8:28 Marilyne uses COPUS for research on teaching. But she has colleagues who uses COPUS for faculty development and formative feedback. How might you observe a peer or be observed for faculty development? Have a conversation first. Doug has been observed using COPUS ten times with an interval between, and he got valuable data. You may think you’re active, but you’re not–or vice-versa. COPUS is objective.

11:58 There are lots of things going on in a classroom that COPUS doesn’t capture. The OTOP (Oregon Teacher Observation Protocol) is also useful as a more qualitative measure. It’s a problem in general when the observer doesn’t know much about teaching. Summative teaching observation evaluation is a tough nut to crack. We often assume that experience teaching translates into knowledge about teaching. Newer faculty might actually have more exposure to how learning works. And senior faculty can ‘freak out’ when they visit an active learning classroom. Some faculty can imagine that active learning is less challenging: they may see it as entertainment.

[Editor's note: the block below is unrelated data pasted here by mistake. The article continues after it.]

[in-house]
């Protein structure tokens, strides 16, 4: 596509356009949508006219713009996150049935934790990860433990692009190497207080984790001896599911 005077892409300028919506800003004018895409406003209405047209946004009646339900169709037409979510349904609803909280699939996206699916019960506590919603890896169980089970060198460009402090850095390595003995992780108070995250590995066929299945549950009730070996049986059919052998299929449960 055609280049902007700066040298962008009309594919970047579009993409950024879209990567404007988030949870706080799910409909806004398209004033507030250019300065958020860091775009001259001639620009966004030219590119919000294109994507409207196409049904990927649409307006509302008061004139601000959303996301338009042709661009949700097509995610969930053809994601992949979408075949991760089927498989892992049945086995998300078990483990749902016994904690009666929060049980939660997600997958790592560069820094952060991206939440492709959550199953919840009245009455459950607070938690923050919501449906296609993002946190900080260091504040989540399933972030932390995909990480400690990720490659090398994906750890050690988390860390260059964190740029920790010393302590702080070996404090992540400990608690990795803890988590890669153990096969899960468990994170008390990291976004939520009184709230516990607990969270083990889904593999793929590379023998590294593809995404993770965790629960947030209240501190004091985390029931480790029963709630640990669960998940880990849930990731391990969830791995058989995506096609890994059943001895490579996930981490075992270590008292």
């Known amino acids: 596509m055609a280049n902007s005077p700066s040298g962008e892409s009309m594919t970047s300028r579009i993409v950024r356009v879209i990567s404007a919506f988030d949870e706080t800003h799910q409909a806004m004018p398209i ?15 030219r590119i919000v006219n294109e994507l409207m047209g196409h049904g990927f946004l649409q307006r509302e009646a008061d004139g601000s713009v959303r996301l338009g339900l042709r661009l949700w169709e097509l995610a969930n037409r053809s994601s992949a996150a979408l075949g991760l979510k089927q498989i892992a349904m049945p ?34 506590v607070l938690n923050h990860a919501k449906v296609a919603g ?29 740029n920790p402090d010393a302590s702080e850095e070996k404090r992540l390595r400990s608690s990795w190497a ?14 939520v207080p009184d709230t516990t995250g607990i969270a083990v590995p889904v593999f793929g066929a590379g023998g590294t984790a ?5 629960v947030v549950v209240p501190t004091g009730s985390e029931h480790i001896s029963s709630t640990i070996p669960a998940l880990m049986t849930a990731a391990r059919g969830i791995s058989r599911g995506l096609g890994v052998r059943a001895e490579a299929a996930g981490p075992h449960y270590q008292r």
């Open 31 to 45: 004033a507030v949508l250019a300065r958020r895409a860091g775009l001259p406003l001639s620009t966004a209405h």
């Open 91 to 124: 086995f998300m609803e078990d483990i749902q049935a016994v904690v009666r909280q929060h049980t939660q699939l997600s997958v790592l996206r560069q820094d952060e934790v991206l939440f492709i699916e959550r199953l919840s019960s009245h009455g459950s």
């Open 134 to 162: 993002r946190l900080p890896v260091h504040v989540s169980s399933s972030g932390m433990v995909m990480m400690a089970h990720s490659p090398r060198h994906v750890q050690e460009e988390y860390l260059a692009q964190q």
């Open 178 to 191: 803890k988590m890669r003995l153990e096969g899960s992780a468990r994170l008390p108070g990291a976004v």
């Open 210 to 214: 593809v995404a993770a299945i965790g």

17:28 Humanities teachers have done active learning for a long time. It’s not just seminars, it’s group work, projects, peer instruction, etc. Faculty who want to do active learning may not know what to do. POGIL (Process-Oriented Guided Inquiry Learning) for chemistry, biology, and math is one set of resources. But seminars can still be run in a teacher-centered way. It’s the bad Socratic Method: “Everyone Socrates talks to is stupid.” Classroom observation doesn’t measure any of the teaching that happens outside the classroom.